“There’s a Juliet in every woman, and I will never stop looking for her,” says Roversi, who invited nine women, including Emma Watson, Claire Foy and his daughter, to present their version of the ideal heroine
The annual photography festival returns for its fourth edition with a group show of 30 artists presenting 104 images that diverge from the mainstream
In the 25 years since his graduation, Tim Walker has become one of the most singular photographers of his generation. Diane Smyth finds him in reflective mood ahead of a new book and exhibition at the V&A
A major exhibition of work by Tim Walker opens the V&A in London this September, including 10 new photographic projects directly inspired by items from the museum’s permanent collection
“One huge image can fill a spread and stop you in your tracks”
In 2015, when Poland’s most radical right-wing organisation, the Law and Justice (PiS) party, won the general election with a sweeping majority, photographer Joanna Wzorek and her liberal parents were shocked. Policies against immigration, same-sex marriage, and abortion just a few of the controversial views now channelled by Poland’s ruling party.
“Me and my parents felt deeply disrespected by the other side of our family, who voted right-wing,” says Wzorek, a Polish-born photographer who graduated from UAL last year with a degree in fashion photography. “I knew then I had to try and make something positive out of the negative nationalist standpoint that had dispersed within my country,” she explains.
“The first time my American agent came here, she said ‘I can’t believe you do all these pictures in this little room’,” laughs Paolo Roversi as he looks around the modest space he’s used as his studio for more than three decades. The Italian remains one of the world’s most sought-after fashion photographers, having forged his reputation during the mid-1980s shooting inspired catalogues for designers such as Comme des Garçons and Yohji Yamamoto, in an age when creatives were given unparalleled freedom of expression. Yet his studio is just a room in an unremarkable building in a nondescript arrondissement of southern Paris, furnished with battered chairs and old blankets. He wouldn’t have it any other way.
“The idea was why don’t we go back to the market and put these clothes back in their home, back where they came from,” says Britt Lloyd, a young fashion photographer from North London. Working in digital photography for Showstudio, Lloyd has recently collaborated with Martine Rose and Machine-A to shoot a captivating menswear range which speaks to the communities of Seven Sisters and North London. Lloyd’s bold series does not follow traditional stylings of the male fashion industry, which she believes needs to change quickly.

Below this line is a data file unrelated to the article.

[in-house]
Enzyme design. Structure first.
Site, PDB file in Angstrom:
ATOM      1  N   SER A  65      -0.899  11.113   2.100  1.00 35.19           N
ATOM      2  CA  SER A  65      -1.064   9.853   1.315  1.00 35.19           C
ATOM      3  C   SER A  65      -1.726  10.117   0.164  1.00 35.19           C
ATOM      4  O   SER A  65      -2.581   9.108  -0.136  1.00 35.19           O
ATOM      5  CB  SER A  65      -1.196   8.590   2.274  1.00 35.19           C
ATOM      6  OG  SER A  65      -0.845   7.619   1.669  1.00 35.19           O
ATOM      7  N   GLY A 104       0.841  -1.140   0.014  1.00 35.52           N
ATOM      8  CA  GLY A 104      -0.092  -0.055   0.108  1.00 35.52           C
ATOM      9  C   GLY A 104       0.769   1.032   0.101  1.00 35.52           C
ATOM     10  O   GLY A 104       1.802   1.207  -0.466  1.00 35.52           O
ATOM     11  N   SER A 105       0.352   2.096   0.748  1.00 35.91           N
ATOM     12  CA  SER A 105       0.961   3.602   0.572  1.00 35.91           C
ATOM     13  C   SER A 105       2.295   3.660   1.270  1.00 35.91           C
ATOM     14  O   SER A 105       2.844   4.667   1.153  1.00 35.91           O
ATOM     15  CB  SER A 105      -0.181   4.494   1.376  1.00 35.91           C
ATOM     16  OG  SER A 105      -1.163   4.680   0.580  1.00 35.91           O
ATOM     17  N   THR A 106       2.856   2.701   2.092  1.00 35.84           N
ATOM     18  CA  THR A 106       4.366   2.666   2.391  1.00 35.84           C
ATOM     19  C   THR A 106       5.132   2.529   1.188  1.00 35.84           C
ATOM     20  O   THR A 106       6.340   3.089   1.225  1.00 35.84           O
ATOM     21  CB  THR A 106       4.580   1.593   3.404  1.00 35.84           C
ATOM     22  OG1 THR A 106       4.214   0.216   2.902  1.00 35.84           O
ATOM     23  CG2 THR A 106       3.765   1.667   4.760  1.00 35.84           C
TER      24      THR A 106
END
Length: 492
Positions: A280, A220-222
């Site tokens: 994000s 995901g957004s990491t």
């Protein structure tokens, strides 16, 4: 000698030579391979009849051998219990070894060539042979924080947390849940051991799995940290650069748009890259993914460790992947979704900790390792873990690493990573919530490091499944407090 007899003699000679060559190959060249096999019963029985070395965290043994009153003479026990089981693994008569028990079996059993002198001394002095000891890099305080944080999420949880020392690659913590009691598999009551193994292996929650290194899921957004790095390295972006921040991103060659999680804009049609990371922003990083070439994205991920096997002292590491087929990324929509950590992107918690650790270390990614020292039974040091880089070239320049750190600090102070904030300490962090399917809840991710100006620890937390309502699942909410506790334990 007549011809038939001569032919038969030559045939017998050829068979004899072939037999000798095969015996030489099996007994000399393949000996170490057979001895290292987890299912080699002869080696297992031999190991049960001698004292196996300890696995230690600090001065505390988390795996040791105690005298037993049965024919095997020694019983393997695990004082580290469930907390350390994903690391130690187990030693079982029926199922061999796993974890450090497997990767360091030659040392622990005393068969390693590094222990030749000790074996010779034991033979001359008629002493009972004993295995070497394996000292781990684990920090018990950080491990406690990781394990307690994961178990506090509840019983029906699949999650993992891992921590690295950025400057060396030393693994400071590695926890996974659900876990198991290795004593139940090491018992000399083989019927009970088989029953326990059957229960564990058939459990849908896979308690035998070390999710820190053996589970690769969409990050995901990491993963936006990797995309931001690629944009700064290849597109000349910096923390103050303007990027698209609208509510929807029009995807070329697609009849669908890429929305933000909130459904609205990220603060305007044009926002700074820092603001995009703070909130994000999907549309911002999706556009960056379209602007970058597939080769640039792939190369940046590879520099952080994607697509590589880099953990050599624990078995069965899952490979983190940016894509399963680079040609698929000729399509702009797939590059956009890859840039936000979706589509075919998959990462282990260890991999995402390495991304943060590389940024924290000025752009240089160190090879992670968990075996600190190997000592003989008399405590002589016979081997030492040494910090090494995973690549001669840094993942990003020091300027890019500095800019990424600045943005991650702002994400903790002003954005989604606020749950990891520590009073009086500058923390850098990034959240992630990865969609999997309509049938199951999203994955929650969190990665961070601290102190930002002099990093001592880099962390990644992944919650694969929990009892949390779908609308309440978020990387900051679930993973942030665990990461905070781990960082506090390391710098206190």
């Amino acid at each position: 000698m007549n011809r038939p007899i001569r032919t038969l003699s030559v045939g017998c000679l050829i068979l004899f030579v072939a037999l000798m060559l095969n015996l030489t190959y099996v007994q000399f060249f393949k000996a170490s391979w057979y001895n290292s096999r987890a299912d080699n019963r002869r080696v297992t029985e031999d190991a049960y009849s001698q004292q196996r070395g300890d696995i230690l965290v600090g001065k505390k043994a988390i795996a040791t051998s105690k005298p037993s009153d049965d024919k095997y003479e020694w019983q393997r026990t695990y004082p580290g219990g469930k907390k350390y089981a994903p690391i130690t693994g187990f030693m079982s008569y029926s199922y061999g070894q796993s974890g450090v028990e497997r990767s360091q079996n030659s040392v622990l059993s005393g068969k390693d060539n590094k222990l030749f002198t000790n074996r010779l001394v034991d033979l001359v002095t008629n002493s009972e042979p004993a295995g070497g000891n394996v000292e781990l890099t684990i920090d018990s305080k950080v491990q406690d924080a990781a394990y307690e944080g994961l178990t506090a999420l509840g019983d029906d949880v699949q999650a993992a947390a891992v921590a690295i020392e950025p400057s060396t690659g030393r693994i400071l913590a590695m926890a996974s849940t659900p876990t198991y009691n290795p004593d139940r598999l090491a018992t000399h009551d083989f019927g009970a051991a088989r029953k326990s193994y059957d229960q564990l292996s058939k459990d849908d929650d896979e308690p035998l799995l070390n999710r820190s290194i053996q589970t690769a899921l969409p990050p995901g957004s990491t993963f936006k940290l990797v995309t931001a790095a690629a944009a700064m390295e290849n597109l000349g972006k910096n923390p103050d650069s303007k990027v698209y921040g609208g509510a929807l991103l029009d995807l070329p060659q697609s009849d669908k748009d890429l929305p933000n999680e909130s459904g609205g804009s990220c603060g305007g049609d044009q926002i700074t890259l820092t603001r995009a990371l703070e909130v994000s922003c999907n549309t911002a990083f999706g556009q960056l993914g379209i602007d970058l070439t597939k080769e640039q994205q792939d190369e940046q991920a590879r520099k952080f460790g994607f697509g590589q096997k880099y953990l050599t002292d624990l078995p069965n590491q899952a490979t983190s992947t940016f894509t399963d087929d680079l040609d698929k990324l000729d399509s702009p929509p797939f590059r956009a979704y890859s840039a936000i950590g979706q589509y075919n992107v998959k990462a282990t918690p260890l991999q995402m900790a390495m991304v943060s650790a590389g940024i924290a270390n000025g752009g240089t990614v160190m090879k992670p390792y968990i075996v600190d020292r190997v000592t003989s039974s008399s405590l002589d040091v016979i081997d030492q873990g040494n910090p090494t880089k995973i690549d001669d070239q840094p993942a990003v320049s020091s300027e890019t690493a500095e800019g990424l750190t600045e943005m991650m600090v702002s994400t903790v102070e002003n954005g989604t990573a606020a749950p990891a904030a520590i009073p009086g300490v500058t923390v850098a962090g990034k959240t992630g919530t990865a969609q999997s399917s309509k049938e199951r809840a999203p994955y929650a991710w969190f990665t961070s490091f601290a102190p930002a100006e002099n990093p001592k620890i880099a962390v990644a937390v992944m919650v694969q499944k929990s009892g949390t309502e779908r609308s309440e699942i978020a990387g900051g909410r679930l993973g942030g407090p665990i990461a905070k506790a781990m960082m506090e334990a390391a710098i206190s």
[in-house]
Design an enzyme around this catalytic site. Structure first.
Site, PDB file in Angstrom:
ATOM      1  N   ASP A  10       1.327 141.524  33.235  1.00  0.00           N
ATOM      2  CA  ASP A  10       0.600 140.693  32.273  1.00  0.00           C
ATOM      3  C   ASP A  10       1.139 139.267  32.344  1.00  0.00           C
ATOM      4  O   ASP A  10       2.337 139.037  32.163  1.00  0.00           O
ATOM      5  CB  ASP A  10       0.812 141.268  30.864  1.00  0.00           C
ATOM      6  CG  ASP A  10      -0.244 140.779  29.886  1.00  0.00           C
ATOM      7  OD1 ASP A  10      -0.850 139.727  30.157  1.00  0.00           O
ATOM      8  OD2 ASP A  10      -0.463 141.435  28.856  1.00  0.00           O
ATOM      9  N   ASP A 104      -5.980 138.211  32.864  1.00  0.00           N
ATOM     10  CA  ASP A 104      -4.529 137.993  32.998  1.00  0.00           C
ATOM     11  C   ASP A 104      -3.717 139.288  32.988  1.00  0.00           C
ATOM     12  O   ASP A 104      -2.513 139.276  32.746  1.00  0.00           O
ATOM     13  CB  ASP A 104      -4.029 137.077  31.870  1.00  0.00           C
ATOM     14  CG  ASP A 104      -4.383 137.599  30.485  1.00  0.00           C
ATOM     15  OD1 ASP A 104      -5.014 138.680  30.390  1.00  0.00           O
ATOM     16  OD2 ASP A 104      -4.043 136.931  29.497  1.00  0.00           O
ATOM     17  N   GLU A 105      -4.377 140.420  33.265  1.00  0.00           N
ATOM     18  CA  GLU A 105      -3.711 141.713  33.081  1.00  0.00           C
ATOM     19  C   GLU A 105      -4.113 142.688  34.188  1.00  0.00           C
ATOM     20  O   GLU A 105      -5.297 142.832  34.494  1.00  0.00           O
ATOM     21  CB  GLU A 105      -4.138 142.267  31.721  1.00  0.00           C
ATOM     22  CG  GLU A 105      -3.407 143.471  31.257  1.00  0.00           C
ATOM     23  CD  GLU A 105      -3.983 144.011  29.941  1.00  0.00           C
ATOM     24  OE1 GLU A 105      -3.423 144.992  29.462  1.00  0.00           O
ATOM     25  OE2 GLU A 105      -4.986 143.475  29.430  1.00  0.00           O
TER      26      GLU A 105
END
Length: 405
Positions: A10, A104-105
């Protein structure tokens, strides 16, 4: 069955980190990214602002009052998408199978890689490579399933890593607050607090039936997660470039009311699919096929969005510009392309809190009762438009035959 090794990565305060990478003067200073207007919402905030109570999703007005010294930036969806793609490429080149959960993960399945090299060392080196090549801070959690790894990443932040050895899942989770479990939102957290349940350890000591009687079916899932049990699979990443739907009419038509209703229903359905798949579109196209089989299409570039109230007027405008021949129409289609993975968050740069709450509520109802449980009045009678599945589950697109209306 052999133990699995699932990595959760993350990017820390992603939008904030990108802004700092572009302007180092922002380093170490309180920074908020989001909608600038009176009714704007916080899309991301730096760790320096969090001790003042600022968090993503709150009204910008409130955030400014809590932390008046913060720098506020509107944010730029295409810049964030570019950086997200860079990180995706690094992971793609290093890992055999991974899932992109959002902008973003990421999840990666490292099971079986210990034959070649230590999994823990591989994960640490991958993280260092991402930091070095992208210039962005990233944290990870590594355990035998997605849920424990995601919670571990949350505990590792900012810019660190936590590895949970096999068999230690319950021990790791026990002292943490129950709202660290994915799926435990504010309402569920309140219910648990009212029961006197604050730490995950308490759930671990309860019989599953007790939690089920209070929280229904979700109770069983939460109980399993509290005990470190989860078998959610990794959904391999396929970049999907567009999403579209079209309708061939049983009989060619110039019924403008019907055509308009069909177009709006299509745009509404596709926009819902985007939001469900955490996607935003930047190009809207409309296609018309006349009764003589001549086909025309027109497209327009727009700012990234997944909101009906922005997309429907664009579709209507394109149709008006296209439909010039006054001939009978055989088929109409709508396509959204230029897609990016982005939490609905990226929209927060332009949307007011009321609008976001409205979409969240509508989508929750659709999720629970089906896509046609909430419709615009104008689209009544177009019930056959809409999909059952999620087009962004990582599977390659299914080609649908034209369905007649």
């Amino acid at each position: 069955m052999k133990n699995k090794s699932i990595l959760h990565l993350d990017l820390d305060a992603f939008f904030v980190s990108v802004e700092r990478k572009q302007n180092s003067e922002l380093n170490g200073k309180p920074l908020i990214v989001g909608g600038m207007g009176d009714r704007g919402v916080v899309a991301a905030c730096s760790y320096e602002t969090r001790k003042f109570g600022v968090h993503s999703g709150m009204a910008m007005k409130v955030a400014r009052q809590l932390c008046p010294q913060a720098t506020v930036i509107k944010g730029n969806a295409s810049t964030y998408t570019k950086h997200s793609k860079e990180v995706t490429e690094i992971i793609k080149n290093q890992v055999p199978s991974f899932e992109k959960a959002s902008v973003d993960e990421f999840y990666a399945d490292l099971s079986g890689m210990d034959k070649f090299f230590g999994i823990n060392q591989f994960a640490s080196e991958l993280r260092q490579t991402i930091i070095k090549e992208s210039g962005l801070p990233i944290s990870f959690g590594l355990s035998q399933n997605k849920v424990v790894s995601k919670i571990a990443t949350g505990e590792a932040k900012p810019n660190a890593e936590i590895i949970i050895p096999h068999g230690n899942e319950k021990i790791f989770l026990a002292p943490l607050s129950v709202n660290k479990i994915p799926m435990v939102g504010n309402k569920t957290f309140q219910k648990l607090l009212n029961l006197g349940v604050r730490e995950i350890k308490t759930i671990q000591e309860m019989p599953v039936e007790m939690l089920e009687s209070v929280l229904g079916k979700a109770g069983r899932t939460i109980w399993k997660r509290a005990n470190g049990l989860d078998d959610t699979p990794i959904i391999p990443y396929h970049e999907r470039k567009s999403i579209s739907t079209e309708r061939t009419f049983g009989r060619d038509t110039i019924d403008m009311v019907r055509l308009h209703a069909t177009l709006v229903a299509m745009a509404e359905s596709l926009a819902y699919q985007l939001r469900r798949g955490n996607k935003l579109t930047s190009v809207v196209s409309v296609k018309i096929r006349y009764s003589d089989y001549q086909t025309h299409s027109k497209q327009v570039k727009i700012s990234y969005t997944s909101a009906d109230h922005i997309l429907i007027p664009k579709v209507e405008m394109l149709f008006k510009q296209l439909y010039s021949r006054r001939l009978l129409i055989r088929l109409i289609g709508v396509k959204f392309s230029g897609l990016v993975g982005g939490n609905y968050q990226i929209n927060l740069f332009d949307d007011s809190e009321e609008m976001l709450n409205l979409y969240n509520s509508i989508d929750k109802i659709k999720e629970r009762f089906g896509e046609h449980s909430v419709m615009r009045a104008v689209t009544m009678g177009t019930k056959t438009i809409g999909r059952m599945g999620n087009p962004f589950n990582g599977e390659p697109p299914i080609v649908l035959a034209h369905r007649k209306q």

Walking down the street with Jack Davison can be time-consuming. A sharp-suited bloke talking on the phone, a pretty young girl in a hurry, a bored construction worker seated by the side of the road, a balding old soak nursing a pint; Davison approaches each without a moment’s hesitation. After introducing himself and chatting for a few seconds, he’s circling round them, or leaning over them, or down on his knees with his camera, often inches from their face. He keeps talking to them throughout, framing quickly and firing off a few shots. He’s relaxed, composed in the moment, then a short thanks and he’s gone, walking down the street, briefly checking his new portrait. Davison turned up to BJP’s offices on a road bike that had seen much better days, sweating under the sun, wearing a baggy white T-shirt, denim shorts and a cycling helmet. He didn’t look like a fast-emerging fashion photographer. Like any 25-year-old, is still trying to work stuff out, to get his head around the complexities of making a career …
During his lifetime, Saul Leiter (1923–2013) was something of the ignored artist of American photographic history. While his career spanned a time when quintessential New York street photography was defined as swift, sharp and precise, Leiter’s leisured, impressionist style went against the grain. Leiter was a pioneer of colour photography, adventurously using Kodachrome colour slide film well before the likes of William Eggleston and Joel Meyerowitz. As the Guardian’s Sean O’Hagan wrote in Leiter’s obituary, “[his photographs] are as much about evoking an atmosphere as nailing the decisive moment.” A retrospective of the late photographer’s work has just began at The Photographers’ Gallery; the first major public show of his work in the UK features more than 100 works, including early black-and-white and colour photographs, sketchbooks and related materials. While Leiter’s early black-and-white images were published in LIFE magazine and exhibited in New York and Tokyo, he quickly moved into fashion photography, shooting for Harper’s Bazaar, Elle, British Vogue, Esquire and more. When I speak to Brett Rogers, director of the Soho gallery …